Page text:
Ralph Williams from U.K. clarifies:
The original Xen was not IBM PC or AT compatible. It was (largely)
compataible with previous apricot models, and had a more logical design,
without the 640K limit, a more efficient floppy disk format standard, and
the winchester drive labeled A:, the floppy B:.
The Xen-i was quickly introduced as an IBM-AT clone, with the winchester
labled C:, and the floppy A:. The box was identical except for the -i on the
logo. If you typed "format A:" on one machine you formatted a
floppy disk, but type it on the other and you erased the operating system
and all your data...
Philip Herdina adds:
Xen is apricot compatible an not ibm compatible, apart
from what the limited emulator can do. the advertising blurb says all the
ibm compatibility you need. obviously apricot had decided one did not need
it. you can start a xen with an f-series operating system disk. as far as i
can see, it is fully compatible with the final version f-series as was
intended to be so. was certainly faster than the ibm-compatible xen-i
More information from Charles Verrier:
The picture here is of a Xen-i. The original Xen had the external power
supply (or 'brick') because the internal space was severely limited by the
There was a hatch on the top right of the case, giving access to the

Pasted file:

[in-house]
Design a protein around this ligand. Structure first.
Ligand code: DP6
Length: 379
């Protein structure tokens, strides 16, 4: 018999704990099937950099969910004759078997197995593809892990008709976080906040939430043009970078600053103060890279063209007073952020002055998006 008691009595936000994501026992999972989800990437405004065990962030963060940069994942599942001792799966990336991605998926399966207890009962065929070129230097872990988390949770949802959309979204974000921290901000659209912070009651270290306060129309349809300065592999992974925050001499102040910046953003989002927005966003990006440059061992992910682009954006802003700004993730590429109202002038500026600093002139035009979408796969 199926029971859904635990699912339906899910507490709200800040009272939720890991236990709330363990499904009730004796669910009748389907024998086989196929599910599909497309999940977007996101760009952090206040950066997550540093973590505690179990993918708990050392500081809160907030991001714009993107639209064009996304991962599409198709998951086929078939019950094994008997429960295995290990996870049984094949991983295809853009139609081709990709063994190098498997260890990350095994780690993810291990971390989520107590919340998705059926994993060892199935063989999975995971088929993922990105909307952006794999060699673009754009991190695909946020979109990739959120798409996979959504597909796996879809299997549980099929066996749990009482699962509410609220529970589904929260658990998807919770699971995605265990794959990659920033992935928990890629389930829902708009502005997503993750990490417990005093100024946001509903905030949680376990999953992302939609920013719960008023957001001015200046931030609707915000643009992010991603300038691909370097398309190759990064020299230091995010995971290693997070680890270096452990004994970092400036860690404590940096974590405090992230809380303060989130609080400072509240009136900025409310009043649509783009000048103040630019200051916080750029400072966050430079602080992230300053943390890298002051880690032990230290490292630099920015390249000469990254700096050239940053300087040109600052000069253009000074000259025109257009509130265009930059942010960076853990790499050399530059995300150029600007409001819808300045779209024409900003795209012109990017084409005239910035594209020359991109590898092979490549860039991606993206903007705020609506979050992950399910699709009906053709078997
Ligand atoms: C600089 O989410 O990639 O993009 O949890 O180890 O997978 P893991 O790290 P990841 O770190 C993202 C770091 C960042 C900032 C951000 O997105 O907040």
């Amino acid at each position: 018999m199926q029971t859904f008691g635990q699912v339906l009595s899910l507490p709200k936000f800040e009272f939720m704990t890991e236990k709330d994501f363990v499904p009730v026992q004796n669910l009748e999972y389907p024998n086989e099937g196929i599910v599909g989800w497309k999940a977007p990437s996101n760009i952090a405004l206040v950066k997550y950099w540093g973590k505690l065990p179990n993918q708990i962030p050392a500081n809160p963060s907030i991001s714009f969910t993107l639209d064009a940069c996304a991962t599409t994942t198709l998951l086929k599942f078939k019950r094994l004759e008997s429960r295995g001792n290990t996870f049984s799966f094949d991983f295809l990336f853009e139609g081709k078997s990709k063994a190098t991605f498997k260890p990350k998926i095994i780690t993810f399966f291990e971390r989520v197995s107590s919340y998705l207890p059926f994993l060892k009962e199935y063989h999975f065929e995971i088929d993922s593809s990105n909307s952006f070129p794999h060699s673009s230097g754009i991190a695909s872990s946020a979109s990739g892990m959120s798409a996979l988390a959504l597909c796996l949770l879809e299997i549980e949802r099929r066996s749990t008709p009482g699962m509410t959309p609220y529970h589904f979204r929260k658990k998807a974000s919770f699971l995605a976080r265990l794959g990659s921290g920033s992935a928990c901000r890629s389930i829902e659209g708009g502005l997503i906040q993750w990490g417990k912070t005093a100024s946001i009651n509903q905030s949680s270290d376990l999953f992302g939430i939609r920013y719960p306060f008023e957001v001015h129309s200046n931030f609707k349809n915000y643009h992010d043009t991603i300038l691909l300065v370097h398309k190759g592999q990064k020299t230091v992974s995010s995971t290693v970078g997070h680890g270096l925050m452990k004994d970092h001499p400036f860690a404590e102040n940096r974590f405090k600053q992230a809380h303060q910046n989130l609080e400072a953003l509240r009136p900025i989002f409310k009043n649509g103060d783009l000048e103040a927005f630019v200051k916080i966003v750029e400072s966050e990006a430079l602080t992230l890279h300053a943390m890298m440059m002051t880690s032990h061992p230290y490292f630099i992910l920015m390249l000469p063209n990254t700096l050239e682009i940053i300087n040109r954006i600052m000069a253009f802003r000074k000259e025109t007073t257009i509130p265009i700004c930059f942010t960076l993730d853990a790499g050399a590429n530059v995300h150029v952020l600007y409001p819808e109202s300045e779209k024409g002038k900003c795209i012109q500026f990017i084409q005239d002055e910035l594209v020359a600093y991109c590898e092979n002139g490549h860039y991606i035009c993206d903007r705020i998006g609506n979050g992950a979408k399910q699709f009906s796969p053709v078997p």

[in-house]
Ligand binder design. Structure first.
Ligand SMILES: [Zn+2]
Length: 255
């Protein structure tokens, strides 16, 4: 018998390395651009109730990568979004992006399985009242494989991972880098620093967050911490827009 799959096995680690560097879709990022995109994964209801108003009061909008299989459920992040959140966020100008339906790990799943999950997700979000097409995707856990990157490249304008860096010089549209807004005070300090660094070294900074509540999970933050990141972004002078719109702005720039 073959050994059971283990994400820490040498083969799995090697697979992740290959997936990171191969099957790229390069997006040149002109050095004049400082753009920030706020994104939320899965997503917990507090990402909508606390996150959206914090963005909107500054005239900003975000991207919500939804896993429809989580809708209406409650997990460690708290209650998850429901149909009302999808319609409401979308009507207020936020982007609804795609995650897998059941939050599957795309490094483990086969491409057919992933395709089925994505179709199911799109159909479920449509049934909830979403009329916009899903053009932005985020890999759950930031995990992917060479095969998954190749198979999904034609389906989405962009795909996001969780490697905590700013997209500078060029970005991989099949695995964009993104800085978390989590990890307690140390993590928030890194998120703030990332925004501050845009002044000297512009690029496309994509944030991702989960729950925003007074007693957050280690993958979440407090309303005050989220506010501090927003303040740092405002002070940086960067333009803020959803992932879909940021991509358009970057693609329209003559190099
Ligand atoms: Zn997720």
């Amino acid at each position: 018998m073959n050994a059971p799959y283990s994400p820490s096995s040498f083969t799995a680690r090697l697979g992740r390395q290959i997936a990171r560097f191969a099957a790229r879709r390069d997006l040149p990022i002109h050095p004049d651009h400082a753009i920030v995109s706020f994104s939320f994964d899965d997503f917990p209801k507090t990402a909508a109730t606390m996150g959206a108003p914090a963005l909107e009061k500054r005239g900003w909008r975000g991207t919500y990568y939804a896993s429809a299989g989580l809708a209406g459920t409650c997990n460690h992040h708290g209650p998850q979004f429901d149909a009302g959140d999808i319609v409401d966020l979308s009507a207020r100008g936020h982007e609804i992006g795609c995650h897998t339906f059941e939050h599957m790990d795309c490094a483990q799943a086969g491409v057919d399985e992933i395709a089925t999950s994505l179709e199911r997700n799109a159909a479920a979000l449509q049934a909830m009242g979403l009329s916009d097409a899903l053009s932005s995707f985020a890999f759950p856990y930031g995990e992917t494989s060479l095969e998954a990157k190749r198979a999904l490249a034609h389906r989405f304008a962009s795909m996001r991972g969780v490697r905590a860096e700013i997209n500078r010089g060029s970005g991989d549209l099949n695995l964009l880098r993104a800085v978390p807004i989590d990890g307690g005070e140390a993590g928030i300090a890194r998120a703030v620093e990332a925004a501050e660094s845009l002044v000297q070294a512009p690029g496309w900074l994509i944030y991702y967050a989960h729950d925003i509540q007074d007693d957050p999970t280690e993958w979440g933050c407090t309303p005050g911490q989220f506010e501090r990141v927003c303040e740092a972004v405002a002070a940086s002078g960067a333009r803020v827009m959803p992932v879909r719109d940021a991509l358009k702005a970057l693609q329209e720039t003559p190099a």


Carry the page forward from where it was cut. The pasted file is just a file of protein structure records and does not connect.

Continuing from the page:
internal expansion slots, which were of a unique design it shared with the
earlier Apricot PC.
Even the keyboard connector was a non-standard design.
The Xen shipped with a 3.5" floppy drive (the only manufacturer other
than IBM and Apple to use this size at the time).
The odd cut-off on the top-left of the keyboard matched a telephone handset
unit marketed by Apricot.
There was a small mounting hole to the left of the F1 key that was designed
to accept a microphone.
The LCD display on the keyboard was used as a way of labelling the
programmable function keys (a little LED on each key illuminated when the
key was active). This display also acted as the display for a
desk-calculator, which then used the keypad for its numeric entry.
This was one of my first home PC's.I had the expansion unit which was a huge box that pushed into the side. I had a pair of 10MB 5.25" full height drives in it. It was huge!
Following that I progressed to the Xen-i the fully IBM compatible model. Mine originally had a miniscribe 33mb hard drive we called the popcorn drive. Because in operation the head movement sounded like a popcorn machine! I still put the expansion unit on it as I really wanted the storage :)
Later I remember installing the newer Xen-i with 45mb hard drive and seeing a lot of issues as the heavier VGA monitor pressed down on the case, which in turn rested heavily on top of the 45mb drive case and actually stopped the drive spinning!
Reaching up to the Xen-s which grew into 80386/486's rocked until you wanted to buy more RAM. Back then a 4MB module set you back 100's of pounds. Those customers who upgraded further paid the price in having to lose their initial purchase... I confess to reselling those removed modules second hand and making out with a scandalous profit.
Ooh those memories.